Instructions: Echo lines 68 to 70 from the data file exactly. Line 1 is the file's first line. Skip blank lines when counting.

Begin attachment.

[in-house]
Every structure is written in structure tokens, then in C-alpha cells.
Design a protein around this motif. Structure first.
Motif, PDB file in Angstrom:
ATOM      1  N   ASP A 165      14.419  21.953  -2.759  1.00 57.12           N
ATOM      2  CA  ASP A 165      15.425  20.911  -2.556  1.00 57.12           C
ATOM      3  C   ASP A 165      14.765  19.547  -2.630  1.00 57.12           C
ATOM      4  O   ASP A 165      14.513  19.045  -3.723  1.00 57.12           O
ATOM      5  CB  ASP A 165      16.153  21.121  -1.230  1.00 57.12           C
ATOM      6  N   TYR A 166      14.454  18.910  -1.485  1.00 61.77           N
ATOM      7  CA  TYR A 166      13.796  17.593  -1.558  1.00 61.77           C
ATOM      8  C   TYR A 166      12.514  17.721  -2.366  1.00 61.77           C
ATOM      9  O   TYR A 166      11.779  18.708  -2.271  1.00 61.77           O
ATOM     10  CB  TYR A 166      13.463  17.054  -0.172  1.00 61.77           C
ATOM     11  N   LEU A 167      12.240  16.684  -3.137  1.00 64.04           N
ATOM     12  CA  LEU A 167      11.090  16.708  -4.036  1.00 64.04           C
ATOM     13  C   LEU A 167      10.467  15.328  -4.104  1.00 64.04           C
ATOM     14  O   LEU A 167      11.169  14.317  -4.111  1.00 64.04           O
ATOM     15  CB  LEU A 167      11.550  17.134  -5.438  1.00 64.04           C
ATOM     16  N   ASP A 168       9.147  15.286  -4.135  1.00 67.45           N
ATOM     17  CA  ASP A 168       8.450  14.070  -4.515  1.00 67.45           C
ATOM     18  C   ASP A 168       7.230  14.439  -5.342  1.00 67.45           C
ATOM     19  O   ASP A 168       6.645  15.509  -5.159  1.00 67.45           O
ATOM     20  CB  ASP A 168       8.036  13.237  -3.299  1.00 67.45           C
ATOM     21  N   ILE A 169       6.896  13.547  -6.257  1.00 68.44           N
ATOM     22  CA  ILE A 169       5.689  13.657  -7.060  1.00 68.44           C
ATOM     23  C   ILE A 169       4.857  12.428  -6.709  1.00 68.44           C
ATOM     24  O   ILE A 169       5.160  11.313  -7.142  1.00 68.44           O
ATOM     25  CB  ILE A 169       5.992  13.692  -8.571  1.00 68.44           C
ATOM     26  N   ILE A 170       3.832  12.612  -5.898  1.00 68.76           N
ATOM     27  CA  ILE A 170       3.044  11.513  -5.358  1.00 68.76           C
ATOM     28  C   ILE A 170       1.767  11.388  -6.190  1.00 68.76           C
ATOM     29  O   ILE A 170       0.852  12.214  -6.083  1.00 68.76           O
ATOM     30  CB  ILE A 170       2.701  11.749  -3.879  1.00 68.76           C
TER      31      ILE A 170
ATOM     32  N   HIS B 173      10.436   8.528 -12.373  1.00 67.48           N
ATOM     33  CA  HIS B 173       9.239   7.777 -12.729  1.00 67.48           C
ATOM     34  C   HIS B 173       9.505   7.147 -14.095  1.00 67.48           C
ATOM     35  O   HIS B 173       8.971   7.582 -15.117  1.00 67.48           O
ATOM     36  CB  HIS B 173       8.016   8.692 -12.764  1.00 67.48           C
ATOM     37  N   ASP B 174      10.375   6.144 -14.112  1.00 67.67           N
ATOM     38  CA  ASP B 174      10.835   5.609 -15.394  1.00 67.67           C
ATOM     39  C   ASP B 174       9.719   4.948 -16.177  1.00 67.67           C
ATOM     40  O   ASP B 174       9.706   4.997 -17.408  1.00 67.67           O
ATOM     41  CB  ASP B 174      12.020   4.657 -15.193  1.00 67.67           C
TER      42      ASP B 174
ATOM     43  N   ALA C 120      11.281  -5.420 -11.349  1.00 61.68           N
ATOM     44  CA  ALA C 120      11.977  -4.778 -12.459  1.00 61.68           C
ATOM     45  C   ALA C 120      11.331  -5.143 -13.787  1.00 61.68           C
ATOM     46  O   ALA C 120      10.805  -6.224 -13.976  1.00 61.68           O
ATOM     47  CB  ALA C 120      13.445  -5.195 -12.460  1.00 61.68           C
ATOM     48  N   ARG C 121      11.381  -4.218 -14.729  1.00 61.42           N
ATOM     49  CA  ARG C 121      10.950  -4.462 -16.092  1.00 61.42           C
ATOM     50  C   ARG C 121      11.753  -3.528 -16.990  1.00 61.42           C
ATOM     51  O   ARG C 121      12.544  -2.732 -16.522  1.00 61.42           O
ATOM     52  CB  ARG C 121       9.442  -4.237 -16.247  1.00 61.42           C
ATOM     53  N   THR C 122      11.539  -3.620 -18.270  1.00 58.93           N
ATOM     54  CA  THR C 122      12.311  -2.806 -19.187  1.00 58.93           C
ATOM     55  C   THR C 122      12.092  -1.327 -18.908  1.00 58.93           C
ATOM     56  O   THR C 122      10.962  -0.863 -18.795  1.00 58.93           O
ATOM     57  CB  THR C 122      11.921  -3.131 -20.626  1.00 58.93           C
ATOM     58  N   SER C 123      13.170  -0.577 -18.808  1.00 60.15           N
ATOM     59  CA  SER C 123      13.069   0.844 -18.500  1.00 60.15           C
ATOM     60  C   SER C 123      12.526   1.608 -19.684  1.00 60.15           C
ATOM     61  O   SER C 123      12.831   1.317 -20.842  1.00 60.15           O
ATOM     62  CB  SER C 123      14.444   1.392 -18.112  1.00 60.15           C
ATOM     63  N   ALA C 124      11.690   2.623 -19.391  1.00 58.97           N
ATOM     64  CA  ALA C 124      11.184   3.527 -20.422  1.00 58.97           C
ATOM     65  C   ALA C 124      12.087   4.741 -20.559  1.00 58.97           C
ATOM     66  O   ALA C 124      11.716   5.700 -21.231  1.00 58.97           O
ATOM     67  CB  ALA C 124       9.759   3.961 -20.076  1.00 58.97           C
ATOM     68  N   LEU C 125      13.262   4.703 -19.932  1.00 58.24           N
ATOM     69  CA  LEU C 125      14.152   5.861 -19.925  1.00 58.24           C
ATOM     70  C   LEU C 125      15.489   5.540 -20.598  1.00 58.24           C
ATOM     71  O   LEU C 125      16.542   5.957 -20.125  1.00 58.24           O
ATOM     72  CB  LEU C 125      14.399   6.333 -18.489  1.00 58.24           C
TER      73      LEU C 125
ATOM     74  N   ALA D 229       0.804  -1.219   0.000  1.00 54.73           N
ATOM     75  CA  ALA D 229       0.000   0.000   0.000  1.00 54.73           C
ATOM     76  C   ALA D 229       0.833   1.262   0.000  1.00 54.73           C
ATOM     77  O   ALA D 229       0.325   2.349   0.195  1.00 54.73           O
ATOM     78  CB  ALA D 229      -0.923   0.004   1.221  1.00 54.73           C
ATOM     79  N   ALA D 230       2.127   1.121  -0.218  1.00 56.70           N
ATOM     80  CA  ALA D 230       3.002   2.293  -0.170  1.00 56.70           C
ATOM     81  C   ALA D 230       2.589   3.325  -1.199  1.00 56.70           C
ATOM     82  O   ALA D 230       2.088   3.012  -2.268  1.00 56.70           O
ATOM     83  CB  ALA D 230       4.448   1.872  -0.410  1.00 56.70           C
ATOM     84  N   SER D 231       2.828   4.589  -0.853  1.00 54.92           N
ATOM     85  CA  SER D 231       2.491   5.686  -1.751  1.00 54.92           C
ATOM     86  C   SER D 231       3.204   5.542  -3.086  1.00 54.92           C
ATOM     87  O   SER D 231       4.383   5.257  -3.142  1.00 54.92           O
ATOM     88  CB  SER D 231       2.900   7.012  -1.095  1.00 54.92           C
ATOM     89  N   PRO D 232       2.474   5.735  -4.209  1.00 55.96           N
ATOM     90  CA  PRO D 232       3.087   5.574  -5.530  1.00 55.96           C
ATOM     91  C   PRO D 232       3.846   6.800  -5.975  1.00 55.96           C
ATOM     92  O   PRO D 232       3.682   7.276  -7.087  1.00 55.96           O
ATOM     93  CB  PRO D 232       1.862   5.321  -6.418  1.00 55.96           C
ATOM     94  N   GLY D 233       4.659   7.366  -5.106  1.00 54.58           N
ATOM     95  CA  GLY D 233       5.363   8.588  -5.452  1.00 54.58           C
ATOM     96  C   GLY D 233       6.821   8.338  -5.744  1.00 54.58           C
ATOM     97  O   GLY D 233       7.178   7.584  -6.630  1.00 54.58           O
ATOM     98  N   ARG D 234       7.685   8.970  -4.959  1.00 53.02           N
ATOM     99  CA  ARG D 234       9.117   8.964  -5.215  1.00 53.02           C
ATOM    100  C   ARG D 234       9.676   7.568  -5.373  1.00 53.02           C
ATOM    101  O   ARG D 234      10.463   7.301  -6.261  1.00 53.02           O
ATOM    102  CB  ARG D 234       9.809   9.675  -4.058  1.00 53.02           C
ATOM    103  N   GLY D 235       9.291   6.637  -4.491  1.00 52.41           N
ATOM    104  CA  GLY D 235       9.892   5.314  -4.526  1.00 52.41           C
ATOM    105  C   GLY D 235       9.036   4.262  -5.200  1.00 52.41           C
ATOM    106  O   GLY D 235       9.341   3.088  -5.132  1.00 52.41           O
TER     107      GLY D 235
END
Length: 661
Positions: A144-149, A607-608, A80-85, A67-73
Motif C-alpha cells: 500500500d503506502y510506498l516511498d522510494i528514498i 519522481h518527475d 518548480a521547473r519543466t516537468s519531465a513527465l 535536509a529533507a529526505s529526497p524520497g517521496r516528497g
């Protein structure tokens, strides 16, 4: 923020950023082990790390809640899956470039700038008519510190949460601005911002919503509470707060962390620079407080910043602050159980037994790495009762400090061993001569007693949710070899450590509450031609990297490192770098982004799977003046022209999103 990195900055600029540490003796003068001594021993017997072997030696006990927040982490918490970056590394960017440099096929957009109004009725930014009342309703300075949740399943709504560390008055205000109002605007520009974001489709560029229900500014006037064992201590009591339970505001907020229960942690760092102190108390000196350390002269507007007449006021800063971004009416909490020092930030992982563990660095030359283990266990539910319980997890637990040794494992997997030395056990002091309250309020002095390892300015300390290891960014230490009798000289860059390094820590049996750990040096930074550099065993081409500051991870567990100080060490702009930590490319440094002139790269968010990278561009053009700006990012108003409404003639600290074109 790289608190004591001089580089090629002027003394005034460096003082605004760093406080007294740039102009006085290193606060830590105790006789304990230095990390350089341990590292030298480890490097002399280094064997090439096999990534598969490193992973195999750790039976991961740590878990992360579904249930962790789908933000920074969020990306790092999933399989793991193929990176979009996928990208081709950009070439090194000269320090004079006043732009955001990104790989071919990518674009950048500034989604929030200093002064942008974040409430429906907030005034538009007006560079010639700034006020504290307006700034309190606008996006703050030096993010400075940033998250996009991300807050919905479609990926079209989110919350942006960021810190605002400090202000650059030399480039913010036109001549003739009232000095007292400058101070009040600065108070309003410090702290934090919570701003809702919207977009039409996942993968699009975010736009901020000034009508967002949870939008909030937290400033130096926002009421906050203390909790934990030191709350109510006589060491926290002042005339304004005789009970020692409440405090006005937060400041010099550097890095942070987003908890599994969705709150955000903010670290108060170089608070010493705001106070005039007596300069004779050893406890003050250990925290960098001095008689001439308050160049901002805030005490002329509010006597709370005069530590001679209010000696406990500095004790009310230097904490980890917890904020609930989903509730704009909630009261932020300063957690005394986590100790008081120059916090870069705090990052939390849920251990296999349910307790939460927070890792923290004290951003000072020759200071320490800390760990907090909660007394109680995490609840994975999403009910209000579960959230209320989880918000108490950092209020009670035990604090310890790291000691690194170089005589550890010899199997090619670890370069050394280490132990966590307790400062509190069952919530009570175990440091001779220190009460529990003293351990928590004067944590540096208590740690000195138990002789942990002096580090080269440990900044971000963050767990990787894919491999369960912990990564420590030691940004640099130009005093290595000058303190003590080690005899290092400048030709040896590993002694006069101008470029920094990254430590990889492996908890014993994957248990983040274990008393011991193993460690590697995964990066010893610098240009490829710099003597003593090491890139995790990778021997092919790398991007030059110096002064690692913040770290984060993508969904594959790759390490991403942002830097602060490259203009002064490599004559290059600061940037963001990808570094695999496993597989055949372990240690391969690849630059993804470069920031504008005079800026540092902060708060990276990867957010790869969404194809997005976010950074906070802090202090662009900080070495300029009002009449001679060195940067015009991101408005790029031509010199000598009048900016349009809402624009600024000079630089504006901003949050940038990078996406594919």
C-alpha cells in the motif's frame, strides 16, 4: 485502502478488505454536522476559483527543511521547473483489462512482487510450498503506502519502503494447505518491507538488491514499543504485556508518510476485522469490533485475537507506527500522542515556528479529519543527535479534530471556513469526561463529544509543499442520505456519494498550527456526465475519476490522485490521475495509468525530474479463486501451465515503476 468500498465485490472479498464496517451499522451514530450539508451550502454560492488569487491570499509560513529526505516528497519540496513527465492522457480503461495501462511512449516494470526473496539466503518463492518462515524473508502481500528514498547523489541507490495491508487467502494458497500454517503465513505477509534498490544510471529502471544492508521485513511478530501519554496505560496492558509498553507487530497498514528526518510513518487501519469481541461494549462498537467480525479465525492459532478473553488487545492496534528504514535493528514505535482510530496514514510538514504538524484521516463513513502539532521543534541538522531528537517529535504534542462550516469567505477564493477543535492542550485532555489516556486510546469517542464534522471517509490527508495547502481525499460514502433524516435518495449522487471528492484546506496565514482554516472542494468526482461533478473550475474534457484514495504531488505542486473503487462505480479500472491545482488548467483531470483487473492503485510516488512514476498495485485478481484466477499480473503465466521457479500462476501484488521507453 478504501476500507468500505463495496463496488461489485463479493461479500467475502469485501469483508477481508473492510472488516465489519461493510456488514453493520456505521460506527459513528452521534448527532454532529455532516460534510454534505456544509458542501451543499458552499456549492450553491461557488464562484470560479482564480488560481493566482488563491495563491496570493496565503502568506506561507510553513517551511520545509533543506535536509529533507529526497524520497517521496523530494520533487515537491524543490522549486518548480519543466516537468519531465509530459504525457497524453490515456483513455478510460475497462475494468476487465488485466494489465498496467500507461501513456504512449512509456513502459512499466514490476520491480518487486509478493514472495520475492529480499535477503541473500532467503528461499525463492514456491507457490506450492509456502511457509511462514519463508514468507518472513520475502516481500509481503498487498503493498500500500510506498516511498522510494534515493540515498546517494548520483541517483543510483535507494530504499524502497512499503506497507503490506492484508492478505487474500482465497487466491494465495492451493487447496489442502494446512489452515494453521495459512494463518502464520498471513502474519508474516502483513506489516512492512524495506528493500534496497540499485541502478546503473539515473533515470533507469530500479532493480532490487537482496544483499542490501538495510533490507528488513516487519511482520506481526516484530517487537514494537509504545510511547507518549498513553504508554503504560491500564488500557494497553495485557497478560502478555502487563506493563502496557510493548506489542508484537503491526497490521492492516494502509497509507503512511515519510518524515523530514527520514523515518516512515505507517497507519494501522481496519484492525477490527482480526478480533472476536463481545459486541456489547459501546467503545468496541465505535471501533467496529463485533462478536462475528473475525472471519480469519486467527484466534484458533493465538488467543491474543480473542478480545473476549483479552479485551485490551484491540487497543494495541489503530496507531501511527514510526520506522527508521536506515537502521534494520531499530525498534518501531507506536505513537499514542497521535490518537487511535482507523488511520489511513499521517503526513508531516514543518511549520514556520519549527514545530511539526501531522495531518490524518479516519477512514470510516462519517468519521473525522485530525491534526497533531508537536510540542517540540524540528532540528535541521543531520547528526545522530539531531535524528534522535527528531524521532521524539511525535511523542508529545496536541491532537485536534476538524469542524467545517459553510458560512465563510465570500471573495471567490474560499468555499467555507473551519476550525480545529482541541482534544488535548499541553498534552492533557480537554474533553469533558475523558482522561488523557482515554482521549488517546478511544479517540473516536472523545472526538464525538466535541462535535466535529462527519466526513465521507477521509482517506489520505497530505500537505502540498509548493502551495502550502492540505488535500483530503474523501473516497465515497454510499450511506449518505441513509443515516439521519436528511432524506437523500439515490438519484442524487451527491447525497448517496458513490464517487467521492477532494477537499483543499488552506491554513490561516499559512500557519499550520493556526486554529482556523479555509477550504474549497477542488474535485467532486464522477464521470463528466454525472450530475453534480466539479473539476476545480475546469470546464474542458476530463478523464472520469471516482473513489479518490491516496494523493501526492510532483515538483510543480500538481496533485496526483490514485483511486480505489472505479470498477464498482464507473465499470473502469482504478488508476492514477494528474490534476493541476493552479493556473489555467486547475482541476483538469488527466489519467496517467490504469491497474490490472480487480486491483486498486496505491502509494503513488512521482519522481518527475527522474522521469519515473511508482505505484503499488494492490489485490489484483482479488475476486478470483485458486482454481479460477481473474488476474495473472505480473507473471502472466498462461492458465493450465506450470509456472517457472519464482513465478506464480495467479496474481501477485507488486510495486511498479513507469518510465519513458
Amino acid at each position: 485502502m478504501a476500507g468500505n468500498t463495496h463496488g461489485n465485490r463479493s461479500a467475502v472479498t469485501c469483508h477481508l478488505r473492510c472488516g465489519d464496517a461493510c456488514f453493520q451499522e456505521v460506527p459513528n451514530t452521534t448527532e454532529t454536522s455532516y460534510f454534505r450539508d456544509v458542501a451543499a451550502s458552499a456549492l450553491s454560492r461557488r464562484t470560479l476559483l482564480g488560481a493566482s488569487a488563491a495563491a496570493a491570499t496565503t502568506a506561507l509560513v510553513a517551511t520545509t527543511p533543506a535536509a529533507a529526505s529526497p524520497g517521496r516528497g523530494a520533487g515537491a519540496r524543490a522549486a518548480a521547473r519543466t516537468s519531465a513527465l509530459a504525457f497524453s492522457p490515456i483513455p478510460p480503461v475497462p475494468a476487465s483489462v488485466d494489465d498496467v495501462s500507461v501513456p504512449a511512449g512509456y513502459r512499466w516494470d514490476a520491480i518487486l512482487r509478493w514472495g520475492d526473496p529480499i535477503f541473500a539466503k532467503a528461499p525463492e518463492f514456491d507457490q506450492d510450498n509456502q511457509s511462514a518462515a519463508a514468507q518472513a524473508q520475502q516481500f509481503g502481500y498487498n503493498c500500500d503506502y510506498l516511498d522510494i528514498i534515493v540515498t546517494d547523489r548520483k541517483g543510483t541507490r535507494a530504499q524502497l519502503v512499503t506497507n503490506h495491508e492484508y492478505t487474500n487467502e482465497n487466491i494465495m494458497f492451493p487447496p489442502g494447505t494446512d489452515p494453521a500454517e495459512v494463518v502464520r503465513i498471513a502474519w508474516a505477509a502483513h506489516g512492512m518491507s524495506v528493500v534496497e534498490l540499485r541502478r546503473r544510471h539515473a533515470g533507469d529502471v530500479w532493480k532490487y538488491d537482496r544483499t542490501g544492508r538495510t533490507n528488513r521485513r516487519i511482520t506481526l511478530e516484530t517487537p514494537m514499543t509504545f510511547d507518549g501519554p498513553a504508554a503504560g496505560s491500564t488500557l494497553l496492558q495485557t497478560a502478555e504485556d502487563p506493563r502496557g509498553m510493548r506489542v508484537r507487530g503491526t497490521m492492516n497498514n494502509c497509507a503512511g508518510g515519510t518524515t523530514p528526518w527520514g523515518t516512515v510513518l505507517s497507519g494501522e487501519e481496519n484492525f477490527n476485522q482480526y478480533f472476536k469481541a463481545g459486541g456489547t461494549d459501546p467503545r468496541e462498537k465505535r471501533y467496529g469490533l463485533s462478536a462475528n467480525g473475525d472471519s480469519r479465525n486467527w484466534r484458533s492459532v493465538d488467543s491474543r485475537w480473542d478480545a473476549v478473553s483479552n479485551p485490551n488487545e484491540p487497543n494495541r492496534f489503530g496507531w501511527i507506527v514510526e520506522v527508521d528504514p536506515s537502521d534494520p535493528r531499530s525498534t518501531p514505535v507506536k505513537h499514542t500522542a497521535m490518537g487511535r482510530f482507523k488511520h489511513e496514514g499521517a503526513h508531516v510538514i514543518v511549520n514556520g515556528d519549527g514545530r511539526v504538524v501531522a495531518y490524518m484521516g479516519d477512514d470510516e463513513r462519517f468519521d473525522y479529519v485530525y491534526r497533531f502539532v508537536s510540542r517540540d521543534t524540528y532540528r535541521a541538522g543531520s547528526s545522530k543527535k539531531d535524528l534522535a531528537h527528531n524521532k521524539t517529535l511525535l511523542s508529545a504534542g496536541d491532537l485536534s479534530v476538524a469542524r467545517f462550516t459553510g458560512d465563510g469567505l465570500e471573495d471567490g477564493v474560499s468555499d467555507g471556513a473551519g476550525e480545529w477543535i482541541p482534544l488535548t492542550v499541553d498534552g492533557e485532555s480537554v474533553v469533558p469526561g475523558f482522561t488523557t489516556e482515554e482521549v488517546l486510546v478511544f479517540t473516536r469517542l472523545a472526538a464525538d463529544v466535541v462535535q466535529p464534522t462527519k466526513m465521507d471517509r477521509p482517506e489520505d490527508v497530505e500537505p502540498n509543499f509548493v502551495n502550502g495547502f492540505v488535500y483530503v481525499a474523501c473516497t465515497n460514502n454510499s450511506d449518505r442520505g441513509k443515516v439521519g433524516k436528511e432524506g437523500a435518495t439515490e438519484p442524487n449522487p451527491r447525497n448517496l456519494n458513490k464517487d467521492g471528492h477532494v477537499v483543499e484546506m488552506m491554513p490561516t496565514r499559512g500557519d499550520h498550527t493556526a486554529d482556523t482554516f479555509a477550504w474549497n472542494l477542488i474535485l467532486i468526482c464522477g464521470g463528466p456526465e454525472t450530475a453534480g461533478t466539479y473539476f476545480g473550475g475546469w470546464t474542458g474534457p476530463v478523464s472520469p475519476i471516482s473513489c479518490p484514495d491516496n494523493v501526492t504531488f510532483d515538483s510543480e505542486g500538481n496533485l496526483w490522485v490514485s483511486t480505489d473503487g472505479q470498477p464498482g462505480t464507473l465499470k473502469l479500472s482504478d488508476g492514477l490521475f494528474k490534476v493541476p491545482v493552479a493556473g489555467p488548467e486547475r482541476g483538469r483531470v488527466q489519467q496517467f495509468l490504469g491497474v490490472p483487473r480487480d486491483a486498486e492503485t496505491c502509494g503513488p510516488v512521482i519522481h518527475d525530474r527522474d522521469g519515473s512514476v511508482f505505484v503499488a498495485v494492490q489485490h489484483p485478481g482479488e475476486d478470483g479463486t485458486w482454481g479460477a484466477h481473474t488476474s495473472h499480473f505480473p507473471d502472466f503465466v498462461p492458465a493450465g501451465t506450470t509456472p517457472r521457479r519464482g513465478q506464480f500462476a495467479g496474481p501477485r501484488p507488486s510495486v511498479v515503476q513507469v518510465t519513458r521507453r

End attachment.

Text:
ATOM     64  CA  ALA C 124      11.184   3.527 -20.422  1.00 58.97           C
ATOM     65  C   ALA C 124      12.087   4.741 -20.559  1.00 58.97           C
ATOM     66  O   ALA C 124      11.716   5.700 -21.231  1.00 58.97           O